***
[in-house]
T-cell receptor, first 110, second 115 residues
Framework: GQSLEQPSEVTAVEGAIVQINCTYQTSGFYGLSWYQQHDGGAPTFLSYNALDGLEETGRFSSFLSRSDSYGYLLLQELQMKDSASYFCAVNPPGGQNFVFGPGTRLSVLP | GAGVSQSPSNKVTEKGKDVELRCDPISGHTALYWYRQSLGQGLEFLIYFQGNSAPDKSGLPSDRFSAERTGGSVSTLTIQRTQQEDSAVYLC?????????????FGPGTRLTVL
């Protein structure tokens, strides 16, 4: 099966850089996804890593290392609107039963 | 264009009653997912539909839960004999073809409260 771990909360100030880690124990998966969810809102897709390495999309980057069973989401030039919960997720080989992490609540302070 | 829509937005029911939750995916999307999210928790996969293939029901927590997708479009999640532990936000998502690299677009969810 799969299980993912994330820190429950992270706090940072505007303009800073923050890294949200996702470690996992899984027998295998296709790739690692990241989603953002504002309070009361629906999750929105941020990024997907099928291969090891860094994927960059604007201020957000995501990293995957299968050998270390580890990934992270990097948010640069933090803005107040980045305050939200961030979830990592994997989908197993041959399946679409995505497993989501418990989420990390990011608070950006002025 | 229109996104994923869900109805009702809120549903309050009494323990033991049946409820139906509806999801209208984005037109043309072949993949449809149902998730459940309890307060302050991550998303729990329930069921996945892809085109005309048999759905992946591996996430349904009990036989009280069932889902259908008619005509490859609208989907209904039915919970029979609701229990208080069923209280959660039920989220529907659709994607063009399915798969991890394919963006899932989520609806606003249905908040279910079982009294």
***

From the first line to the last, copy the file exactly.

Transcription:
[in-house]
T-cell receptor, first 110, second 115 residues
Framework: GQSLEQPSEVTAVEGAIVQINCTYQTSGFYGLSWYQQHDGGAPTFLSYNALDGLEETGRFSSFLSRSDSYGYLLLQELQMKDSASYFCAVNPPGGQNFVFGPGTRLSVLP | GAGVSQSPSNKVTEKGKDVELRCDPISGHTALYWYRQSLGQGLEFLIYFQGNSAPDKSGLPSDRFSAERTGGSVSTLTIQRTQQEDSAVYLC?????????????FGPGTRLTVL
């Protein structure tokens, strides 16, 4: 099966850089996804890593290392609107039963 | 264009009653997912539909839960004999073809409260 771990909360100030880690124990998966969810809102897709390495999309980057069973989401030039919960997720080989992490609540302070 | 829509937005029911939750995916999307999210928790996969293939029901927590997708479009999640532990936000998502690299677009969810 799969299980993912994330820190429950992270706090940072505007303009800073923050890294949200996702470690996992899984027998295998296709790739690692990241989603953002504002309070009361629906999750929105941020990024997907099928291969090891860094994927960059604007201020957000995501990293995957299968050998270390580890990934992270990097948010640069933090803005107040980045305050939200961030979830990592994997989908197993041959399946679409995505497993989501418990989420990390990011608070950006002025 | 229109996104994923869900109805009702809120549903309050009494323990033991049946409820139906509806999801209208984005037109043309072949993949449809149902998730459940309890307060302050991550998303729990329930069921996945892809085109005309048999759905992946591996996430349904009990036989009280069932889902259908008619005509490859609208989907209904039915919970029979609701229990208080069923209280959660039920989220529907659709994607063009399915798969991890394919963006899932989520609806606003249905908040279910079982009294």